So UNI student actors in Three Sisters worked on their characters using “studies” for over nine weeks.  They didn’t start memorizing their actual lines until two weeks before opening night.  It was nerve wracking, to say the least, an actress who played one of the leads told me.  “But it was one of the most rewarding experiences of my career, too.  I loved it because I learned so much more about the character and myself than I’ve ever learned in other roles.”   In fact, she hopes to continue working with this approach, and sings Ivanova’s praises for her skill in teaching “living theater.”  

    Eric Lange, head of the Theater Department, mentioned that two of his senior faculty, both of whom act and direct, would now like to study and use this approach.  Lange himself was pleased with the production, and waxed enthusiastic about Ivanova’s powerful contribution to UNI’s actors.  “They made remarkable progress, and it really was ‘living theater,’ because the production was different every night.”  He had seen the play on two separate nights, and because Ivanova avoided traditional staging, the actors felt free to move differently every night, changing positions onstage as their characters developed during performance.   It was a headache for the lighting and sound technicians, but liberating for the actors.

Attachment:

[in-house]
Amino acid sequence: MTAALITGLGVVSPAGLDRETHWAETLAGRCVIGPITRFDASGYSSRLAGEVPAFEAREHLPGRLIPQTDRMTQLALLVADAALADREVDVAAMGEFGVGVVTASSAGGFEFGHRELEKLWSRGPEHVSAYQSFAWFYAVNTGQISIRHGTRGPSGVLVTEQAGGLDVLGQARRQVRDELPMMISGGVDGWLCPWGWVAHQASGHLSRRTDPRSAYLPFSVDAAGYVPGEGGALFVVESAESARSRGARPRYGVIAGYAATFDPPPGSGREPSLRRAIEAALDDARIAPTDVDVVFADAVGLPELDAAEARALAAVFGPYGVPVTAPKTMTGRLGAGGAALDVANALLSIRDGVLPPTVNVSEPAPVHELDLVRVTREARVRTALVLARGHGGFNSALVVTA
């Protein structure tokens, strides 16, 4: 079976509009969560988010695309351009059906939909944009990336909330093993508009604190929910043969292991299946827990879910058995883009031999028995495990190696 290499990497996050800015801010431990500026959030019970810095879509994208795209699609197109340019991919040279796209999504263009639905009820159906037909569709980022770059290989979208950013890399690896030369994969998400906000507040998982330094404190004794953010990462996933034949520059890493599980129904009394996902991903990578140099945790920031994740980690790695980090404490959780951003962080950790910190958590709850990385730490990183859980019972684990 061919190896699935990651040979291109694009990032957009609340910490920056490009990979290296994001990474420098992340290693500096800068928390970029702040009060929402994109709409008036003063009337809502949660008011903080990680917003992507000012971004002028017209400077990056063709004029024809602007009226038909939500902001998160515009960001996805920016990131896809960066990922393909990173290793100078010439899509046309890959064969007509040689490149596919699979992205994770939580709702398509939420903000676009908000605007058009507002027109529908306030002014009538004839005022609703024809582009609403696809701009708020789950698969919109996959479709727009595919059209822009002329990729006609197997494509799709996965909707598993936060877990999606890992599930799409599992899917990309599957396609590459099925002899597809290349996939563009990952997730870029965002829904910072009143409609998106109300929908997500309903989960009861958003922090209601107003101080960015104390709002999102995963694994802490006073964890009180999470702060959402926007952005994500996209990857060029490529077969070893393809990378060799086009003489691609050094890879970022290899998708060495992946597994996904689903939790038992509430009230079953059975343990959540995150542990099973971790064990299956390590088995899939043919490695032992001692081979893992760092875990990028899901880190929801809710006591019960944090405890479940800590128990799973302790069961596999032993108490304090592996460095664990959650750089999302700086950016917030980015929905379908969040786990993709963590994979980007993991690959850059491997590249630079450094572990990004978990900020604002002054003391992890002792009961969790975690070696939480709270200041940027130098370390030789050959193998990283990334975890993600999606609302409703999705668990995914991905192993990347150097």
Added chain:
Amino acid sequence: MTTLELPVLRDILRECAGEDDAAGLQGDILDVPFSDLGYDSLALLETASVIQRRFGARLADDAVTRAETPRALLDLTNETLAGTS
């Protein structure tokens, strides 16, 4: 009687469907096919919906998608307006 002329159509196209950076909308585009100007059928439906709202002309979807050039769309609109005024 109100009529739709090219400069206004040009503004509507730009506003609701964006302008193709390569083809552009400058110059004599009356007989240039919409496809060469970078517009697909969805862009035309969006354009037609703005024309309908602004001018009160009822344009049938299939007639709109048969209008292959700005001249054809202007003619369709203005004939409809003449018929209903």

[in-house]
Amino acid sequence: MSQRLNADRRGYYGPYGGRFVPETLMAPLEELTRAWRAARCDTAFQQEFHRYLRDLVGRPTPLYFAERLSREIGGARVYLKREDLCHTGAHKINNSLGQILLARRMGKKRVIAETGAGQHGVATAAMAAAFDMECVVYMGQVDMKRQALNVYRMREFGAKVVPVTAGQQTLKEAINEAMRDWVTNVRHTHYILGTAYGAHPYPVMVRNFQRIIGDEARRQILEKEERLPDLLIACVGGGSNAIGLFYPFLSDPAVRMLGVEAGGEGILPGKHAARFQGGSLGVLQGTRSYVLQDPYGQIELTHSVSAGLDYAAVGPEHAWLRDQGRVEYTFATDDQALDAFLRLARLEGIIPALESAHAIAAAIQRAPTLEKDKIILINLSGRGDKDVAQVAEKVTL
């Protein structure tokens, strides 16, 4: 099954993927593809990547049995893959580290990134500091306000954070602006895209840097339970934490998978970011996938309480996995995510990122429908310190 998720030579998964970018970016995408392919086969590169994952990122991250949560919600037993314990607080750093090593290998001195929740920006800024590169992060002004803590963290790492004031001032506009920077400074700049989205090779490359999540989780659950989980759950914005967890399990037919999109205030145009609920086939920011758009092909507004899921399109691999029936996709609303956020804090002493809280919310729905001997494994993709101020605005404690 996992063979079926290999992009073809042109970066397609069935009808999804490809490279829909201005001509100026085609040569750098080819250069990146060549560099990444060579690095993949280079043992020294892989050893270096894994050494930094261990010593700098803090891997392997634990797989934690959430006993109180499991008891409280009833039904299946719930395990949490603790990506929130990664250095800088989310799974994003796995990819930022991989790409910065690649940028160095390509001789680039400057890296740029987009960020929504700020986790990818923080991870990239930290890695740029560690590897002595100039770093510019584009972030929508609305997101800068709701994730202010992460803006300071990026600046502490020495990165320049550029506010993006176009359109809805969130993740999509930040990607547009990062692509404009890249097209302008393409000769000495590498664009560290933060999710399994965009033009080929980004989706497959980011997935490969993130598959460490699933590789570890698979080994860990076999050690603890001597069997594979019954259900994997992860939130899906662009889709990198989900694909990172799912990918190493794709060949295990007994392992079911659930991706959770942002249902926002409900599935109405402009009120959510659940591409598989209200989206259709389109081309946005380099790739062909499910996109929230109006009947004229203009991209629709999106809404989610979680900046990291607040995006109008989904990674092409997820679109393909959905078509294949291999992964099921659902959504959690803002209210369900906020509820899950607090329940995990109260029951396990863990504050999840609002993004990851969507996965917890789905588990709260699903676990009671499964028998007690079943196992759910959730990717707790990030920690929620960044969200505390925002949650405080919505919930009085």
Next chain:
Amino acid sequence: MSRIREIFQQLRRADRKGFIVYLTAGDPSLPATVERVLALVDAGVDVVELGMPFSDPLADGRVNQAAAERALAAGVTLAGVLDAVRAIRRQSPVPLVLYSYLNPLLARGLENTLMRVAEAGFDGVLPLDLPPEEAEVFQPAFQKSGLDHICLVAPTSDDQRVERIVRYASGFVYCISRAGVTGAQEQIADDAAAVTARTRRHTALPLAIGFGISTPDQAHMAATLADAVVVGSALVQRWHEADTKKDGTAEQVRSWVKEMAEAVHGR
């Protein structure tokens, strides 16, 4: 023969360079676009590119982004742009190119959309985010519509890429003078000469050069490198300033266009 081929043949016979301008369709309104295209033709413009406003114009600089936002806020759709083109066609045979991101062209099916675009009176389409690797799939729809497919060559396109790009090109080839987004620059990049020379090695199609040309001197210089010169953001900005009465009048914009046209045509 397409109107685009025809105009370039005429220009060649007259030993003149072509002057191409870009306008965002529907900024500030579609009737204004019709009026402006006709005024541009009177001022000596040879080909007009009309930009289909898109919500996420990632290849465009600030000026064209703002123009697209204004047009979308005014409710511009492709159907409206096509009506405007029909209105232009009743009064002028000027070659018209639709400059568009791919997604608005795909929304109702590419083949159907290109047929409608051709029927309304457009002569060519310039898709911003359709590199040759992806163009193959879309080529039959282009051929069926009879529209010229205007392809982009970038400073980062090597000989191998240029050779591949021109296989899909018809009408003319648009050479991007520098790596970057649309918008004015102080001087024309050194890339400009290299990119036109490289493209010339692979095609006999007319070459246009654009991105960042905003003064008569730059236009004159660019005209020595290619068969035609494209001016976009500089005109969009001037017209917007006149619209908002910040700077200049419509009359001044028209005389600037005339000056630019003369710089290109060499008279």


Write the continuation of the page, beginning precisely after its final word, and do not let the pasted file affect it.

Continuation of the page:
Ivanova usually takes at least a year to develop and produce one play, so this eleven-week run was a quick production.  Most UNI plays, however, take only six weeks because actors learn their lines immediately, then proceed to put on the characters like a suit of clothes.  “I hate that kind of acting,” she said, bluntly.

    Ivanova’s one regret:  Not enough time.  “We did need more time to develop the characters, but we didn’t have it, so we did the best we could.”  Ultimately she felt pleased by the production, but struggled at first with how new it felt to both actors and faculty colleagues.  “Everybody struggled with it at first, but they mostly came around.” 

    Ivanova noticed that American students expected to be given constant positive feedback, which she realized was a cultural difference.  Russian actors, it seems, neither expect nor give much hand-holding, and Ivanova had little time for such tactics. “I wanted them to learn to be more sure of themselves without my constantly telling them how good they were.” 

    The actors felt frustrated by Ivanova’s seeming distance, but also learned self-sufficiency.   As one of them said, “I stopped expecting her to offer constant assurances, and that was just what I needed.” 

    Ivanova left UNI feeling genuine affection for her student actors and for UNI, and a sure knowledge that she would love to return to direct—and her actors seconded that. 
    “This production changed my whole approach,” one of them told, me, “And I’ll use what I learned not just in my acting, but in my life.” 

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    • Cedar Valley Chronicles